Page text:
pleasant experiments with electronics

final project: split typing/musical keyboard

Originally, I wanted to create a split ergonomic keyboard integrated with a small computer, however I later changed direction a bit. You can read more about the old concept in week 01 and in week 10.


What does it do?

For my final project, I am building a keyboard that doubles as a typing device and a musical keyboard. The keys are hexagon-shaped and lay on a staggered grid, which suits the Wicki-Hayden isomorphic note layout. The keyboard consists of two halves that are held together by magnets but can be separated in order to be placed a shoulder-length apart for a comfortable typing stance. When typing, the halves are electrically connected via a cable, and the individual halves are rotated slightly to transform the row-staggered layout used for music to a column-stagger that aligns one column with each finger. The two halves can also be folded over on top of each other in a transport configuration that saves space and protects the keys.

All keys have individual RGBW backlighting that can be used e.g. to highlight a specific musical scale, or simply for aesthetic effect. Each half contains an ATMega32U2 microcontroller and features its own USB port, so that they can also be used independently.

Who’s done what beforehand?

The musical keyboard is explicitly inspired by Toms Jensens Janko Keystep project, in which he added a similar hexagonal array of buttons to an existing MIDI controller. However due to constraints in the product he started with, sets of two keys are physically connected and cannot be sensed independently, and the keys are made of opaque 3d printed plastic and have no backlighting.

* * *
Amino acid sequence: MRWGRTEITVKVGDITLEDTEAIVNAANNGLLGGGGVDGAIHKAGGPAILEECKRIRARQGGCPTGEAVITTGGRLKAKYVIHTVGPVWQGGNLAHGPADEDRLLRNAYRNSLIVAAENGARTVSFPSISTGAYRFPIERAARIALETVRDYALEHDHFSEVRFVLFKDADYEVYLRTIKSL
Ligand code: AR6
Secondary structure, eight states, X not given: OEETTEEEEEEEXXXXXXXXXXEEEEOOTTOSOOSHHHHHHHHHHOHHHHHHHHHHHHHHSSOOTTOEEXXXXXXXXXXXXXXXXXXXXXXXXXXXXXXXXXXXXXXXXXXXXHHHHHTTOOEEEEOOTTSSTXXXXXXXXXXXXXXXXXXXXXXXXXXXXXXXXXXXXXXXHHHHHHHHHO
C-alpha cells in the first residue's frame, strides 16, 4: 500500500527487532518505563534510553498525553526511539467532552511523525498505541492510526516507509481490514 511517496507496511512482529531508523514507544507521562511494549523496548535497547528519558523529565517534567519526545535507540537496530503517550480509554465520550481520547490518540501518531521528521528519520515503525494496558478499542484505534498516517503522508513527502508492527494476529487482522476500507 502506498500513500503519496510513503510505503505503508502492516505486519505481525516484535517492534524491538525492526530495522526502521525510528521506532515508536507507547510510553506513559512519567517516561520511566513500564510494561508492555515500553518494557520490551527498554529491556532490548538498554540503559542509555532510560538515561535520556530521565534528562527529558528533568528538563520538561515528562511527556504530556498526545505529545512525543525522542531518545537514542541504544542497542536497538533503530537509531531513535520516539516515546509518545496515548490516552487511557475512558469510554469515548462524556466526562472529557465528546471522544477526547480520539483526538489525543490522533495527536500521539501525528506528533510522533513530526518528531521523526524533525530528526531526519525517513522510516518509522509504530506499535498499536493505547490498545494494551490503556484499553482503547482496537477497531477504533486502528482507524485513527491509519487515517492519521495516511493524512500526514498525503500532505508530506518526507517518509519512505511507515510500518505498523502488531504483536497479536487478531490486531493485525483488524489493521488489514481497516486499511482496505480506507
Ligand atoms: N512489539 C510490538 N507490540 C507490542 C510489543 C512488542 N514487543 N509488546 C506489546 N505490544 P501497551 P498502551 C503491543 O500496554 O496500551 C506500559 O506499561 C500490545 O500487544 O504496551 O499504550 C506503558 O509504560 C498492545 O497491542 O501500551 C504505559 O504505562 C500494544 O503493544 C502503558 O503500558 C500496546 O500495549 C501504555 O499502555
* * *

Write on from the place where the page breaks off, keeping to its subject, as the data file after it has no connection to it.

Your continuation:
Another similar musical keyboard is the Lumatone, which does feature backlighting (and a lot more keys). However the Lumatone is in a very heavy desktop formfactor and the large velocity-sensitive keys and and slanted design makes it unsuitable for typing.

On the other hand, the typing design is inspired by split ergonomic keyboards, such as those developed by g Heavy Industries. These keyboards consist of two halves linked by TRS or TRRS cable to connect power and a serial bus. Split ergonomoic keyboards are often design with a small number of keys, takign advantage of deep configurability and features like key chording or multiple layers of key assignments to make up for the lack of distinct keys while keeping the amount of movement and stretching required while typing to a minimum.

What did you design?

I designed and manufactured the hexagonal keycaps, a number of wax molds to cast them, two double-layer PCBs (one per hand), and the two halves of the keyboard case.

What materials and components were used? Where did they come from? How much did they cost?